That truly is a crime. I am 100% certain that building or retrofitting a facility for the mentally ill would be far less expensive then an expanded jail.

Secondly what are the "certain categories" that are causing the increase in inmates?

If it is for possession, than again, no need to add to the jail.

Maybe the focus should be on figuring out how to keep people from being jailed in the first place. Douglas County is a very small county and we have 196 cells that is a lot of people in jail...something does not seem right.

Greg DiVilbiss 4 months, 3 weeks ago

First of all if the mentally ill do not need to be housed in jail.

That truly is a crime. I am 100% certain that building or retrofitting a facility for the mentally ill would be far less expensive then an expanded jail.

Secondly what are the "certain categories" that are causing the increase in inmates?

If it is for possession, than again, no need to add to the jail.

Maybe the focus should be on figuring out how to keep people from being jailed in the first place. Douglas County is a very small county and we have 196 cells that is a lot of people in jail...something does not seem right.

Leslie Swearingen 4 months, 3 weeks ago

Police are obligated to arrest people who break the law. As long as drug laws are on the books they will be enforced. Mentally ill people who break the law will be put in jail like everyone else. They are not being arrested because of their illness but because of their crime.

Leslie Swearingen 4 months, 3 weeks ago

Police are obligated to arrest people who break the law. As long as drug laws are on the books they will be enforced. Mentally ill people who break the law will be put in jail like everyone else. They are not being arrested because of their illness but because of their crime.

Leslie Swearingen 4 months, 3 weeks ago

Police are obligated to arrest people who break the law. As long as drug laws are on the books they will be enforced. Mentally ill people who break the law will be put in jail like everyone else. They are not being arrested because of their illness but because of their crime.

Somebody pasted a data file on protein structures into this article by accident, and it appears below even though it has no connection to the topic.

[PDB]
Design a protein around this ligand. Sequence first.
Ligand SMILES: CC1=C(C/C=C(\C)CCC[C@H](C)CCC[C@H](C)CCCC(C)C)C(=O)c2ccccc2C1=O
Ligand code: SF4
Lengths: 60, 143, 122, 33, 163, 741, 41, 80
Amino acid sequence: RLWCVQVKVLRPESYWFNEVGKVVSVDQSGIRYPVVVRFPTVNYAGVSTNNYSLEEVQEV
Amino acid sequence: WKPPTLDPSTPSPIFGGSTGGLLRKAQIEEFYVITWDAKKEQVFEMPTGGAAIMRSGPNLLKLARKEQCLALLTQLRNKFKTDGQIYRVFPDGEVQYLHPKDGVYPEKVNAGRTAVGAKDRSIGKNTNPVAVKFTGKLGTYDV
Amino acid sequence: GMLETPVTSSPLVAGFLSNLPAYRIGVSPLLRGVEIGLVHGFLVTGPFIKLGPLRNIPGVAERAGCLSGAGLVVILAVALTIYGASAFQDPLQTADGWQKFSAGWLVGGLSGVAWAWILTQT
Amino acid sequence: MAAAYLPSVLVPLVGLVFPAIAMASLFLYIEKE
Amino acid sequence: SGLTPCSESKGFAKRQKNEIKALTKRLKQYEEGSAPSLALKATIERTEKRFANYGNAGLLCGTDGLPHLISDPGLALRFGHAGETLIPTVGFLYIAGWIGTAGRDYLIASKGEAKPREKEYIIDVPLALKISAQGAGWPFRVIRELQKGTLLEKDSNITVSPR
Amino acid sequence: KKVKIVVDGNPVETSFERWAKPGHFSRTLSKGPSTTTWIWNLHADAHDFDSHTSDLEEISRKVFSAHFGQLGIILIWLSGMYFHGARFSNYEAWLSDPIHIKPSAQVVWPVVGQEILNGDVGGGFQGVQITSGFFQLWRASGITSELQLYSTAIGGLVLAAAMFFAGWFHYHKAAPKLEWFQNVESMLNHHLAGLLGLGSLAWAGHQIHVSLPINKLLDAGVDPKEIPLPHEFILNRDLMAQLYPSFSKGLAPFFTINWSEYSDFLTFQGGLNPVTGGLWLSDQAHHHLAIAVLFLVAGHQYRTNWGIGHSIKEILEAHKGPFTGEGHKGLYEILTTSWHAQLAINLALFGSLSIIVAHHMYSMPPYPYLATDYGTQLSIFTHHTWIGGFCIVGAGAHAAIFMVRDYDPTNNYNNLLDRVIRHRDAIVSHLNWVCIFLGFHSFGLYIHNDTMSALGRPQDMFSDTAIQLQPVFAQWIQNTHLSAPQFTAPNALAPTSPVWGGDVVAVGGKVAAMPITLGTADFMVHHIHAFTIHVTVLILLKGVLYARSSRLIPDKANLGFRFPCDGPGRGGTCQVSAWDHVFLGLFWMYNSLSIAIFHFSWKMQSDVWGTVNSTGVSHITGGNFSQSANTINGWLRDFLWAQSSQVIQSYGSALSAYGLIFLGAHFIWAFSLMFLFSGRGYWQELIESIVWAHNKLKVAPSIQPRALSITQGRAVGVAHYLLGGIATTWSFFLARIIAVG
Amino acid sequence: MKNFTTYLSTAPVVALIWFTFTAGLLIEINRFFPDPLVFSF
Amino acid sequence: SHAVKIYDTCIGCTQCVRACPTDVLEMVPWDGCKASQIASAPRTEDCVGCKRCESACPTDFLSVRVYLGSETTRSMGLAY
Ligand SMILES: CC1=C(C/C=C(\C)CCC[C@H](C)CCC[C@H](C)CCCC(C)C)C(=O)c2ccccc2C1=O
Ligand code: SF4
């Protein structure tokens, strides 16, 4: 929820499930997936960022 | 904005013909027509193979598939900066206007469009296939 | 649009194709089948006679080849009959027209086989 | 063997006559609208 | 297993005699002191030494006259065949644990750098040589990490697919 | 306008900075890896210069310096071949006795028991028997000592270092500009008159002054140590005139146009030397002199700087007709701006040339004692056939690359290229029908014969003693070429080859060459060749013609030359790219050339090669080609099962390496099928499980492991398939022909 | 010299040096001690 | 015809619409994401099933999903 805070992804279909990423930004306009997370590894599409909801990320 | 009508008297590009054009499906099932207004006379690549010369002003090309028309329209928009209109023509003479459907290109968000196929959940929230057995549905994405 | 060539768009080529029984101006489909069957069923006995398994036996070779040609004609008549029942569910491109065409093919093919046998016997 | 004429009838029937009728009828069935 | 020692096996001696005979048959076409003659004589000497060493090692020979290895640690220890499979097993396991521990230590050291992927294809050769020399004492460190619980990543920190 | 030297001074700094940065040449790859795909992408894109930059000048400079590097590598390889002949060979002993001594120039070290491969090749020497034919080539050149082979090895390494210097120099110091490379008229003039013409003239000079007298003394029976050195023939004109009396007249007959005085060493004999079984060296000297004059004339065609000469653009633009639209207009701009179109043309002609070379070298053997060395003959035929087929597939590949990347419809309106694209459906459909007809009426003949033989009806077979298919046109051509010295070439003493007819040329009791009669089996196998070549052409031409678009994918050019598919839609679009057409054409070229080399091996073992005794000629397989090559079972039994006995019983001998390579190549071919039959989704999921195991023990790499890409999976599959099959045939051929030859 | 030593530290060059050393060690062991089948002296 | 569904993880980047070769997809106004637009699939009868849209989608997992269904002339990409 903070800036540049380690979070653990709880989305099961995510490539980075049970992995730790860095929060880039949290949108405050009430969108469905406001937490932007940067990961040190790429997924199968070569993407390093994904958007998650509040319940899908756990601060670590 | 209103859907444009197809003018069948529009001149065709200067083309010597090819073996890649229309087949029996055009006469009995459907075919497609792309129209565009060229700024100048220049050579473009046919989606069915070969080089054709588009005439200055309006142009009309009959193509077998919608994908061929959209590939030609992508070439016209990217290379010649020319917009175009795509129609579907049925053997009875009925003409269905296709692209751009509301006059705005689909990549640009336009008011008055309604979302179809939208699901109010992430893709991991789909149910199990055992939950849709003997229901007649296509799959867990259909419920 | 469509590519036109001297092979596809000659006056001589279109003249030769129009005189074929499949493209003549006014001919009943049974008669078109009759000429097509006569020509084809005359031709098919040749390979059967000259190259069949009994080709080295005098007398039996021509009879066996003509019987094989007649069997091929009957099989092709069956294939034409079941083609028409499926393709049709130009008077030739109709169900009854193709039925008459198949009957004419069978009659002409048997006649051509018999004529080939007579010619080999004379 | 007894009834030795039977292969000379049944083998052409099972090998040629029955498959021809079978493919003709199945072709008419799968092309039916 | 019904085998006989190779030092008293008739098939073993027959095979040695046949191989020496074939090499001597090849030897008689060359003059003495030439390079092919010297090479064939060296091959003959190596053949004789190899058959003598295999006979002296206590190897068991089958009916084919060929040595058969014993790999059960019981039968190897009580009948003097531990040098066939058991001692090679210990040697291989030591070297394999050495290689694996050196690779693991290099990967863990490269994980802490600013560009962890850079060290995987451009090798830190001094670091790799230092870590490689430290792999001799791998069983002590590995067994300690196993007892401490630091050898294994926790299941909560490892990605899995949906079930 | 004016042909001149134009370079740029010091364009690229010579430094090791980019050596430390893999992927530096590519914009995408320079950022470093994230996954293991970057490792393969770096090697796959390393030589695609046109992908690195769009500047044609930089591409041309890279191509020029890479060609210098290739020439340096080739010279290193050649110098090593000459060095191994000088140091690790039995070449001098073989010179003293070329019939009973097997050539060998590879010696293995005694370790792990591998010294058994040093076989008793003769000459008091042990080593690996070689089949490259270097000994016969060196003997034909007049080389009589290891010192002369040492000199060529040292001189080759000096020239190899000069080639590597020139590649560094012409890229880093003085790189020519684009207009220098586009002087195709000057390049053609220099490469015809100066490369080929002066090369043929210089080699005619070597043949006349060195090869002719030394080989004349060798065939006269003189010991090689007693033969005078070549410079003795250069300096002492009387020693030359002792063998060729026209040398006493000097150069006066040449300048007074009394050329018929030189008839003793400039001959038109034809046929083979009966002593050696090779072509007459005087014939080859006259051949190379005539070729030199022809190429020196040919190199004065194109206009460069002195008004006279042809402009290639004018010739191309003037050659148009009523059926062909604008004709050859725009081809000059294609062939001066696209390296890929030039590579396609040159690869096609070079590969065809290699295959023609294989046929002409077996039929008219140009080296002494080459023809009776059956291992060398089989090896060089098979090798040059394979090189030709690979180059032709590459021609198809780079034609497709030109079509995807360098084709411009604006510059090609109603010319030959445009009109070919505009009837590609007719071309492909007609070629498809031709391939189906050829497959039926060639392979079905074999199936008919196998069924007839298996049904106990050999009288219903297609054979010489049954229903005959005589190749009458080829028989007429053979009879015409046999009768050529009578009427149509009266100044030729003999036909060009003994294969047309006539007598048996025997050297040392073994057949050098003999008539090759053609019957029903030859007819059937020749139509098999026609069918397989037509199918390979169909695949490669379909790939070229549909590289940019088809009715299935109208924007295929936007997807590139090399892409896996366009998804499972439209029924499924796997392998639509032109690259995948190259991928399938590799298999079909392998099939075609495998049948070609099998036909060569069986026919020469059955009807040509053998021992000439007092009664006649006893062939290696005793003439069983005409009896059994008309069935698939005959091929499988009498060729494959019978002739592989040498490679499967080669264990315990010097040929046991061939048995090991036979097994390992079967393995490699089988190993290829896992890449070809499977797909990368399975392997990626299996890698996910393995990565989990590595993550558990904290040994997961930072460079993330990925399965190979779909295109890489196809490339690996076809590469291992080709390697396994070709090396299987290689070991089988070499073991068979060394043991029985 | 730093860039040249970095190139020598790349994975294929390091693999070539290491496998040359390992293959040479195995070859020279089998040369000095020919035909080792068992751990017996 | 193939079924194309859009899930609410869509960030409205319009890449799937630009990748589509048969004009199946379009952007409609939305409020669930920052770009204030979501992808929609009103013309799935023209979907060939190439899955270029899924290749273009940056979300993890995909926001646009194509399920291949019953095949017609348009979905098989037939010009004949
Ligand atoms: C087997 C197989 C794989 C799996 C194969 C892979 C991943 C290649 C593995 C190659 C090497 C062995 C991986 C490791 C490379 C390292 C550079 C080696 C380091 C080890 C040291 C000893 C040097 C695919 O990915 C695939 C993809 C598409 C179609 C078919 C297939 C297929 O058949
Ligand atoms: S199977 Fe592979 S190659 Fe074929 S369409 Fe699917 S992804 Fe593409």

Leslie Swearingen

As I was waiting for my page to change I realized I had not put my name on so I did so that resulted in a double comment.

Clark Coan 4 months, 3 weeks ago

I was predicting this last week and posted it on Facebook. "Build them and judges will fill them" is the reality of new jails. Many of those in for nonviolent crimes could be doing community service or even work gangs. For example, a requirement that they have to pick up X miles of highway, trail or riverbank litter might work. There are probably lots of projects in Douglas County they could work on. I'm sure the rangers at Clinton Lake could use some help.

I also predicted last week that a new school and fire station will be built near the Rock Chalk Park to service all of the new housing units being built in that area. Plus, a gigantic water park for the Rock Chalk Park. Remember: You heard it here first.

Larry Sturm 4 months, 3 weeks ago

Brownback closing mental hospitals and or cutting their budgets is more of the problem. Law enforcement with the daily mental evaluation and medication. They are not a doctor trained for mental illness.

Greg DiVilbiss 4 months, 3 weeks ago

It has not just been Brownback closing hospitals. Mental Health facilities in Kansas have been shrinking since the 80's. To try to lay the blame on Brownback is forgetting history.

I do not fault police for doing their job. I fault a system that prioritizes jails over hospitals.

I fault a system that has mandatory jail time for minor drug offenses.

I do not do drugs and would never encourage anyone to do so either, however our laws governing personal choice are oppressive. If a person smoking pot is intoxicated while driving then I have zero sympathy, Arrest them.

Is it suspicious to you, how many people are jailed in this country? Is it that we have lost our moral compass compared to other superior industrialized nations and we just commit more crimes? Or could it be that the laws we have are the cause?